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Modeling and analysis of RNA-seq data: a review from a statistical perspective

  • Wei Vivian Li
  • Jingyi Jessica Li
Review

Abstract

Background

Since the invention of next-generation RNA sequencing (RNA-seq) technologies, they have become a powerful tool to study the presence and quantity of RNA molecules in biological samples and have revolutionized transcriptomic studies. The analysis of RNA-seq data at four different levels (samples, genes, transcripts, and exons) involve multiple statistical and computational questions, some of which remain challenging up to date.

Results

We review RNA-seq analysis tools at the sample, gene, transcript, and exon levels from a statistical perspective. We also highlight the biological and statistical questions of most practical considerations.

Conclusions

The development of statistical and computational methods for analyzing RNA-seq data has made significant advances in the past decade. However, methods developed to answer the same biological question often rely on diverse statistical models and exhibit different performance under different scenarios. This review discusses and compares multiple commonly used statistical models regarding their assumptions, in the hope of helping users select appropriate methods as needed, as well as assisting developers for future method development.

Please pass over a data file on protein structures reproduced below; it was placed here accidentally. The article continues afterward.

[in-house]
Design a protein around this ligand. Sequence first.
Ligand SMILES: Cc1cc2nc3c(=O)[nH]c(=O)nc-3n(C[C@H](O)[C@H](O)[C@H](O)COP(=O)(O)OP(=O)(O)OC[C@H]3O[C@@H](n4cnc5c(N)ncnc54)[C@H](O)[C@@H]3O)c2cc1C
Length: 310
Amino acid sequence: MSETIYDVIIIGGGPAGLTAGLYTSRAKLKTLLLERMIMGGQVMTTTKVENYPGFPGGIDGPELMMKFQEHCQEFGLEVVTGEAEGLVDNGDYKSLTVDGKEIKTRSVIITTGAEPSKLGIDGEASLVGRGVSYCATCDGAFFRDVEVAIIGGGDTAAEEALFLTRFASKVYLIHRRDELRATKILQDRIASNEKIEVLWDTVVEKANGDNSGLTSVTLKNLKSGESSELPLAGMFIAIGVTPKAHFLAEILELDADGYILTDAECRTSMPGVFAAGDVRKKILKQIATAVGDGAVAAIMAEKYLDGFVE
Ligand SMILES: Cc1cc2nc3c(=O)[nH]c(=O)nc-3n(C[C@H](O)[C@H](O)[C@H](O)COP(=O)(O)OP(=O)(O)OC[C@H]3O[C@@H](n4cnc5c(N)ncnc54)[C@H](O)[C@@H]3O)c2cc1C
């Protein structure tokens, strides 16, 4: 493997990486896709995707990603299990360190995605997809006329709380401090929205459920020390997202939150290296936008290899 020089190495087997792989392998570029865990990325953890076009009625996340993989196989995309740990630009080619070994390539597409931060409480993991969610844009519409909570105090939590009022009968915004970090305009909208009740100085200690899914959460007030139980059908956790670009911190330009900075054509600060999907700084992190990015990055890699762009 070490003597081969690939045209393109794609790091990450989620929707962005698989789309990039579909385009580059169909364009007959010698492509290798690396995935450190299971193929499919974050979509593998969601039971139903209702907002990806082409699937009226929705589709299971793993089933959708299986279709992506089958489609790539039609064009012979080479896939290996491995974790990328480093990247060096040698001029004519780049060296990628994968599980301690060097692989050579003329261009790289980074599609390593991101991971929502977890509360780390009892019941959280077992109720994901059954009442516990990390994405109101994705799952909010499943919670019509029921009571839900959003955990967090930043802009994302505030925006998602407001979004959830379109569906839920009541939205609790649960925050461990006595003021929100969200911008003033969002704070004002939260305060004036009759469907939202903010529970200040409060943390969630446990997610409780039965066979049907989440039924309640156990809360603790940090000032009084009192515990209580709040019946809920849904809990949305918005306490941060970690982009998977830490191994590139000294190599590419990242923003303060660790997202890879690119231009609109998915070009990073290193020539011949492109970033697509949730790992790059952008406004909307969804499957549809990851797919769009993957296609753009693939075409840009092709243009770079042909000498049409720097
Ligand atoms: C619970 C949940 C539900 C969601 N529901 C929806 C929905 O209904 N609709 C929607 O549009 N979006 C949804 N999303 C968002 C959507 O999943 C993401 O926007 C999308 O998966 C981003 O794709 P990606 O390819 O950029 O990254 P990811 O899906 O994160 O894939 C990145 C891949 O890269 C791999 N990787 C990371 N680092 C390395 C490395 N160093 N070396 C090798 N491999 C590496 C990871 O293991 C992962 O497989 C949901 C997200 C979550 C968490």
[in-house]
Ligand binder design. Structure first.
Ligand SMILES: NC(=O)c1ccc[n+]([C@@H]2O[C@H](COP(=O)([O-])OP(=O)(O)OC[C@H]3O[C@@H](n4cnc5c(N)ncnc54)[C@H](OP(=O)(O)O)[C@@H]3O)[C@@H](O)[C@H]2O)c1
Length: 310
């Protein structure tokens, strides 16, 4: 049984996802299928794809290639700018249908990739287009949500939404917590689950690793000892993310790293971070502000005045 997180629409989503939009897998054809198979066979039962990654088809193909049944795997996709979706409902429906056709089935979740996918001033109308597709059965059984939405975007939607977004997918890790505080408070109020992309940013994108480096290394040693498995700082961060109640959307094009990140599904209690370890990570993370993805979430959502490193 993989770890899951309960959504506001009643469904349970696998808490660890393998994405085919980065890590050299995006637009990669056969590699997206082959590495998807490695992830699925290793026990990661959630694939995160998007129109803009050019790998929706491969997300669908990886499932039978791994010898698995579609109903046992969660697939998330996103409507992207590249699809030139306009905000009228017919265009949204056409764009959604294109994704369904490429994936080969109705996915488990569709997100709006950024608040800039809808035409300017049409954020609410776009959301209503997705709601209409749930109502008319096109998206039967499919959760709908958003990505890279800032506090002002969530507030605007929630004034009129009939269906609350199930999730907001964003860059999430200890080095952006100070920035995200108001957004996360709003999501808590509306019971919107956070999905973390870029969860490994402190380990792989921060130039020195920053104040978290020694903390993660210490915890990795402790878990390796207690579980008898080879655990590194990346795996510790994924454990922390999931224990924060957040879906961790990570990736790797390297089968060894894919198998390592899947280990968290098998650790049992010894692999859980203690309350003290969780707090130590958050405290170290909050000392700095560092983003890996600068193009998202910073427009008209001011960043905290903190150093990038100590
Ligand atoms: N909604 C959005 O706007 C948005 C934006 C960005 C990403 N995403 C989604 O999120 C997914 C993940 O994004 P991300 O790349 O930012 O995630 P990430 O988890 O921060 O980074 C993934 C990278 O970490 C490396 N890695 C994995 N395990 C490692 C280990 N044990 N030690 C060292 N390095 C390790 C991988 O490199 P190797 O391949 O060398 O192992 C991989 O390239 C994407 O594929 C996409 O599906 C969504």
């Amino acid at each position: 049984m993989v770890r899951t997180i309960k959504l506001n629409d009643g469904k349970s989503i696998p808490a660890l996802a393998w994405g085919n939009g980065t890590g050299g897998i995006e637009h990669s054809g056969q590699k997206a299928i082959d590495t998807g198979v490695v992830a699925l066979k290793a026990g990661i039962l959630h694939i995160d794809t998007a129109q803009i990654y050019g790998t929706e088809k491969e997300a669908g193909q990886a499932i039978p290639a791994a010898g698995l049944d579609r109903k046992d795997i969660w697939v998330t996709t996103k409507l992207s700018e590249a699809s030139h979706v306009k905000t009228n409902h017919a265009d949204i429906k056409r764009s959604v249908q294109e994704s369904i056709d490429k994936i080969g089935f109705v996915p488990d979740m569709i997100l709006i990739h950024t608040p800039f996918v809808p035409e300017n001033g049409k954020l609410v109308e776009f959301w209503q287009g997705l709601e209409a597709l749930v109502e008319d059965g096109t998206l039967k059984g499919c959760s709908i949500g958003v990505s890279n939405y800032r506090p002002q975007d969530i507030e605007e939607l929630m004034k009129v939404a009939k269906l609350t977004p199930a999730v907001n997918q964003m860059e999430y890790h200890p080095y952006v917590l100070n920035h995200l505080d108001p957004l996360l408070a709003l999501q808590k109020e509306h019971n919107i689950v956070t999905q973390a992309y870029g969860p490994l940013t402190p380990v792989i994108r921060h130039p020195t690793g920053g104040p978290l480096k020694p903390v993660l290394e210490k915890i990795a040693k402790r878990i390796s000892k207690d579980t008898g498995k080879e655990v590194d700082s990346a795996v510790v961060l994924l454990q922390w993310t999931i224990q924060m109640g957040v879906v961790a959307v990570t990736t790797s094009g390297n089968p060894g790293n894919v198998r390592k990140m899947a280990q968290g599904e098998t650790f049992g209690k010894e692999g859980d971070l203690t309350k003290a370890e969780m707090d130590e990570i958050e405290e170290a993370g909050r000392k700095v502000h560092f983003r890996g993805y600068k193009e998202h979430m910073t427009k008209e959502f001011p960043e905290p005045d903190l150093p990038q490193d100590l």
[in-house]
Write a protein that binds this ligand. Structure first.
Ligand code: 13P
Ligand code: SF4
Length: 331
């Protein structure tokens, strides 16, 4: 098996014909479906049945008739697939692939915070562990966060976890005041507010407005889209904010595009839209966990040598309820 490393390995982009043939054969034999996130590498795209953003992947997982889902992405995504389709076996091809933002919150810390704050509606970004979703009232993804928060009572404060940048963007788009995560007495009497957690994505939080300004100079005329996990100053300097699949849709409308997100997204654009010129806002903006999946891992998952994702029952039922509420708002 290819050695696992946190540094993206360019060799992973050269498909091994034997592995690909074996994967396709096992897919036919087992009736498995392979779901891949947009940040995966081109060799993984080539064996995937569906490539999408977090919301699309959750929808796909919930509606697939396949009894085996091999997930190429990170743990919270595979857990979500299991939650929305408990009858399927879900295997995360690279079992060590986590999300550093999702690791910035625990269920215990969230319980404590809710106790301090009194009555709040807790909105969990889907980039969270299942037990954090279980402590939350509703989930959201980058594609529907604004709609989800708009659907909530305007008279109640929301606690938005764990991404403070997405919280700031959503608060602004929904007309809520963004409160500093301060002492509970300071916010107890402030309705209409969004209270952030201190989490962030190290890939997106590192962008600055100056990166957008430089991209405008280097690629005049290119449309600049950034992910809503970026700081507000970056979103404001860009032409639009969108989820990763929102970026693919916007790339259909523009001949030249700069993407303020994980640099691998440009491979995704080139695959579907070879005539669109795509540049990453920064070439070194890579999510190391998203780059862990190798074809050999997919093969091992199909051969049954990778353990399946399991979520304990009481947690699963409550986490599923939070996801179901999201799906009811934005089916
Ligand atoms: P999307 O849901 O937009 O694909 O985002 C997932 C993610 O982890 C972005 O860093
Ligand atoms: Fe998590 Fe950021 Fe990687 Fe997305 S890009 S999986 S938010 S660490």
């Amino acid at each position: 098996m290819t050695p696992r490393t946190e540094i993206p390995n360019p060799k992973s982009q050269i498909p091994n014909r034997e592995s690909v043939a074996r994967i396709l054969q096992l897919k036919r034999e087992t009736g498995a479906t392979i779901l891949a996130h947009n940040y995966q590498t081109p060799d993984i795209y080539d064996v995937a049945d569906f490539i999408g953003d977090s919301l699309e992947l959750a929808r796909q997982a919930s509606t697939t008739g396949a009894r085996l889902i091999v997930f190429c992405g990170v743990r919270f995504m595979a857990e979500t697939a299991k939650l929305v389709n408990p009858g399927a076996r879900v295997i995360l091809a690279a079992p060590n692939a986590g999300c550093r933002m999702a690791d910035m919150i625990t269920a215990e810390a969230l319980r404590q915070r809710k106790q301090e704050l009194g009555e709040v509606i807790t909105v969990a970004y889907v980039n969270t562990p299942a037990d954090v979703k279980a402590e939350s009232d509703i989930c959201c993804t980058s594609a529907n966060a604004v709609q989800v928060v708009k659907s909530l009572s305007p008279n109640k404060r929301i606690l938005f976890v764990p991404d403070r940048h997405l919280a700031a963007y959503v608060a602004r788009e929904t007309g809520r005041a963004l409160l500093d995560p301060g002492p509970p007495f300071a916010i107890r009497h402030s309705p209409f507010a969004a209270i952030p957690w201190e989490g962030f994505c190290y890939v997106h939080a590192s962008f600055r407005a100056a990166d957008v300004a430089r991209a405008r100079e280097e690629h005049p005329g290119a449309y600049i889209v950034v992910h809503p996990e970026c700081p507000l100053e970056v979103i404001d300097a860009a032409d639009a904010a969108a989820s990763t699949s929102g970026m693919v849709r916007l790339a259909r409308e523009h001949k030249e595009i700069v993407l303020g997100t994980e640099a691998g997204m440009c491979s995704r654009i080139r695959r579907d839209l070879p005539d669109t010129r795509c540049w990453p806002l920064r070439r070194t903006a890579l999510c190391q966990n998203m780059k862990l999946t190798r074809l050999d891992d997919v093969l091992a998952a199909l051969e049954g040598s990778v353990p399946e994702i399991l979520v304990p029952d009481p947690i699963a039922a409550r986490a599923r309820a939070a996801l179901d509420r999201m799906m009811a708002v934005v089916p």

Keywords

RNA-seq statistical modeling differentially expressed genes alternatively spliced exons isoform reconstruction and quantification 

Notes

Acknowledgements

This work was supported by the following grants: National Science Foundation DMS-1613338, NIH/NIGMS R01GM120507, PhRMA Foundation Research Starter Grant in Informatics, Johnson & Johnson WiSTEM2D Award, and Sloan Research Fellowship (to J.J.L) and the UCLA Dissertation Year Fellowship (to W.V.L). The authors would like to thank the insightful feedbacks from Dr. Lior Pachter at California Institute of Technology and Dr. Michael I. Love at University of North Carolina at Chapel Hill.

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Copyright information

© Higher Education Press and Springer-Verlag GmbH Germany, part of Springer Nature 2018

Authors and Affiliations

  1. 1.Department of StatisticsUniversity of California, Los AngelesLos AngelesUSA
  2. 2.Department of Human GeneticsUniversity of California, Los AngelesLos AngelesUSA

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